U.S. Election 2020 – 2020 United States Presidential Election | Date for the U.S. 2020 Elections

The U.S. Election 2020 which is the United States 2020 presidential election is gradually becoming one of the most talked-about elections in the world. Everyone seems to be on the lookout for new information concerning the US Election 2020.

U.S. Election 2020

U.S. Election 2020

It is little wonder that this matter is of great concern to the world since the United States is one of the most world-leading countries in the world today. The United States has built itself over the years to achieve this level of greatness and has become a trailblazer for other countries to follow suit.

Date for the U.S. 2020 Elections

The US Election 2020 will be the 59th quadrennial presidential election held. The election has been scheduled to be held on Tuesday, November 3, 2020. On this day, the voters would vote for people called Presidential Electors in their state. These Electors they vote for are also supporting the candidate they want to be president. The Electors would on the 14th of December, 2020, vote on who they want to be president. On this day, the Electors cast their votes on the candidate they want to be president. These candidates may belong to any political party in the United States.

Eligibility of Voters in the U.S.

The eligibility of voters in the United States is established both through the United States Constitution and by State law. Voting rights are not restricted by race, colour, previous condition of servitude, or sex. Anyone above the age of 18 is eligible to vote but in the absence of a specific federal law or constitutional provision, each state is given considerable discretion to establish qualifications for suffrage and candidacy within its respective jurisdiction. In addition to that, states and lower-level jurisdictions establish election systems.

Electoral College

As earlier mentioned the Presidential Electors on the 14th of December, 2020 will elect a new president and vice or reelect the incumbents; Donald Trump and Mike Pence. The Electors who win in the voting form the Electoral College. Therefore, the Electoral College is a body of Electors to elect the president and vice president of the United States.

The body of the Electoral College is made up of five hundred and thirty-eight (538) Electors. These 538 Electors are electoral votes allocated to the state and the District of Columbia for the 2012, 2016 and 2020 presidential elections. This allocation of electors’ votes is based on the populations from the 2010 census.

Number of Electors from Each State in the U.S.

There are fifty-two (52) states in the United States and each state is worth several Electors proportionate to its representation in Congress. The more populous states have more Electors allocated to them. Choosing these Electors for each state is a two-part process.

The most populated state which is California is allocated 55 Electors which is the highest. The smaller states with small Electors are highly considered during the Electors voting for the presidential elections. Below is a list of the states in the U.S. and the number of Electors votes allocated to each one.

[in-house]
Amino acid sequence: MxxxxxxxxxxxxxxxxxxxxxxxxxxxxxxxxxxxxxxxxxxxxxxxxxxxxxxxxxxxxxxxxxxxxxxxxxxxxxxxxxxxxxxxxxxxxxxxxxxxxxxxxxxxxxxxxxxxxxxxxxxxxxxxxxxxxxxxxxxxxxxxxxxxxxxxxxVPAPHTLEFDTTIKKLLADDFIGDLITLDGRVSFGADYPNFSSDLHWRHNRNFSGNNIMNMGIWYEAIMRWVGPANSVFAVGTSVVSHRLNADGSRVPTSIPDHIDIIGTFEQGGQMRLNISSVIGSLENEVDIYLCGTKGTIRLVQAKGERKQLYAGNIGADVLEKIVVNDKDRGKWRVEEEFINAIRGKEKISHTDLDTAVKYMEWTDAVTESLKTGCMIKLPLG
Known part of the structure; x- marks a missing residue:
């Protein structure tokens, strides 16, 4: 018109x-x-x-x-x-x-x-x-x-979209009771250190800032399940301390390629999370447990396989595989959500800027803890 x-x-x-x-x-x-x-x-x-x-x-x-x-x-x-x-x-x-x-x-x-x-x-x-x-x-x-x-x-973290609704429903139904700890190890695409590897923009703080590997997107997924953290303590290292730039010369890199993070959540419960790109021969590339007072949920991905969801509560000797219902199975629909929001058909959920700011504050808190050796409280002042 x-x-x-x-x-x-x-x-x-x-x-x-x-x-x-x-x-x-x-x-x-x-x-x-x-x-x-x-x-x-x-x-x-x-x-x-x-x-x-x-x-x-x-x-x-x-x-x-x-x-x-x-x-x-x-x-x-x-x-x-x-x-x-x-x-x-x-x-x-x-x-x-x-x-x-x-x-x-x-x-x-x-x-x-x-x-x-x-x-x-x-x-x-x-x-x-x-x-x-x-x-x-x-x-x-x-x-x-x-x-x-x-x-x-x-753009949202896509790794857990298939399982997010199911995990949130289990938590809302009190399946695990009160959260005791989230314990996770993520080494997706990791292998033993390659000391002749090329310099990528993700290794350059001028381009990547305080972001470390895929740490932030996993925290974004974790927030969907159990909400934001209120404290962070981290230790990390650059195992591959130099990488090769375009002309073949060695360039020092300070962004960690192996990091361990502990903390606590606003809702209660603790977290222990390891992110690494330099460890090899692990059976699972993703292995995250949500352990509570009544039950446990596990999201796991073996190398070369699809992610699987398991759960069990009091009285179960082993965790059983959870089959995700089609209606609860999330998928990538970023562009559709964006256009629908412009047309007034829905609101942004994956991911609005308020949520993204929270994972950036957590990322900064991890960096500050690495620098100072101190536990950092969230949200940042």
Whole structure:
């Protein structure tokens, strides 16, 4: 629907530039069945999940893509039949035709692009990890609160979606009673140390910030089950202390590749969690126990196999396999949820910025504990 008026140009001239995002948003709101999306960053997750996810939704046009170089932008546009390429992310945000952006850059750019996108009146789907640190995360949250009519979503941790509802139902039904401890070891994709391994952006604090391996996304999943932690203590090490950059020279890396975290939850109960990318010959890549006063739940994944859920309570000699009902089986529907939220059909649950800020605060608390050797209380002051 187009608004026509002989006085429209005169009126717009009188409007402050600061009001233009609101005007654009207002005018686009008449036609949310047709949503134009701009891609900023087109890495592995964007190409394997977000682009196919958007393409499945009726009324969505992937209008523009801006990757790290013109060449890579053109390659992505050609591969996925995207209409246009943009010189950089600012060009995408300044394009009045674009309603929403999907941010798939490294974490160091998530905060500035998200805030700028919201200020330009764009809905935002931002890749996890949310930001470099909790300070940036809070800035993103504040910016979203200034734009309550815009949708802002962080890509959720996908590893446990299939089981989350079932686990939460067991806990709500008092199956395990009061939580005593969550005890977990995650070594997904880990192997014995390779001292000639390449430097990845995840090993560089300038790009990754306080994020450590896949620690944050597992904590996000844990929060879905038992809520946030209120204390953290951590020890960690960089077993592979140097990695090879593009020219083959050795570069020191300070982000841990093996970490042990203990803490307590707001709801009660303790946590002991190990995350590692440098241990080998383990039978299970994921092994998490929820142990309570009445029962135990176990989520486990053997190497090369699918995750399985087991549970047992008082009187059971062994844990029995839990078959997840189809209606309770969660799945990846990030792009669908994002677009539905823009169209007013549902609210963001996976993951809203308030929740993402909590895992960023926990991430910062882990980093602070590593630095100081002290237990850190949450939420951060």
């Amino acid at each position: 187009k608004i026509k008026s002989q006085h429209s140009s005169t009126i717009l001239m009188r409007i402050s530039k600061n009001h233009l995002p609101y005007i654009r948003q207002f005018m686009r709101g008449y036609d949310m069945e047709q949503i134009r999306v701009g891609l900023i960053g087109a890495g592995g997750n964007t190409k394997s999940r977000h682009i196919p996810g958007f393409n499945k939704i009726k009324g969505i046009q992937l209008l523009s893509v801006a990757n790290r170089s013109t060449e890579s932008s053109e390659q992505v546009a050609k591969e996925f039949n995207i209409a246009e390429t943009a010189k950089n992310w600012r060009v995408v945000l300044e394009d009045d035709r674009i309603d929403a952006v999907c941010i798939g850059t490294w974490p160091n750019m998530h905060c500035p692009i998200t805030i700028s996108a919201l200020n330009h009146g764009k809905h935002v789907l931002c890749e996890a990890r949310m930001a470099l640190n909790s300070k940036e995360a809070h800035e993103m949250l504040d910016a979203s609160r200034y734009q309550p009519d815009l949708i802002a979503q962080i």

• Alabama – 9
  • Alaska – 3
  • Arizona – 11
  • Arkansas – 6
  • California – 55
  • Colorado – 9
  • Connecticut – 7
  • Delaware – 3
  • District of Columbia – 3
  • Florida – 29
  • Georgia – 16
  • Hawaii – 4
  • Idaho – 4
  • Illinois – 20
  • Indiana – 11
  • Iowa – 6
  • Kansas – 6
  • Kentucky – 8
  • Louisiana – 8
  • Maine – 4
  • Maryland – 10
  • Massachusetts – 11
  • Michigan – 16
  • Minnesota – 10
  • Mississippi – 6
  • Missouri – 10
  • Montana – -3
  • Nebraska – 5
  • Nevada – 6
  • New Hampshire – 4
  • New York – 29
  • North Carolina – 15
  • New Jersey – -14
  • New Mexico – 5
  • North Dakota – 3
  • Ohio – 18
  • Oklahoma – 7
  • Oregon – 7
  • Pennsylvania – 20
  • Rhode Island – 4
  • South Carolina – 9
  • South Dakota – 3
  • Tennessee – 11
  • Texas – 38
  • Utah – 6
  • Vermont 3
  • Virginia – 13
  • Washington – 12
  • West Virginia – 5
  • Wisconsin – 10
  • Wyoming – 3

These are the states and the number of votes that are allocated to them.

Super Tuesday in the U.S. 2020 Elections

There is a particular Tuesday known as the Super Tuesday in the United States. Super Tuesday is observed once every four years and always in the year of presidential elections in the United States. This is the day that the primary elections and caucuses are being held in most states in the United States. This significant Tuesday is either in February or March.  The Super Tuesday for this election year fell on the 3rd of March, 2020. The phrase “Super Tuesday” has been used to refer to the presidential primaries elections since at least 1976.

Other constant days in the US Election 2020 are the first Tuesday in November and the first Monday after the second Wednesday in December of the election year.

The Two Major Parties in the U.S.

There are two major/dominant political parties in the United States and they are the Republican Party and the Democratic Party. These parties have been dominant in the United States since 1850 and are based on Laws, party rules and customs. Other smaller parties have also won significant offices at the state level.

Red States, Blue States and Swing States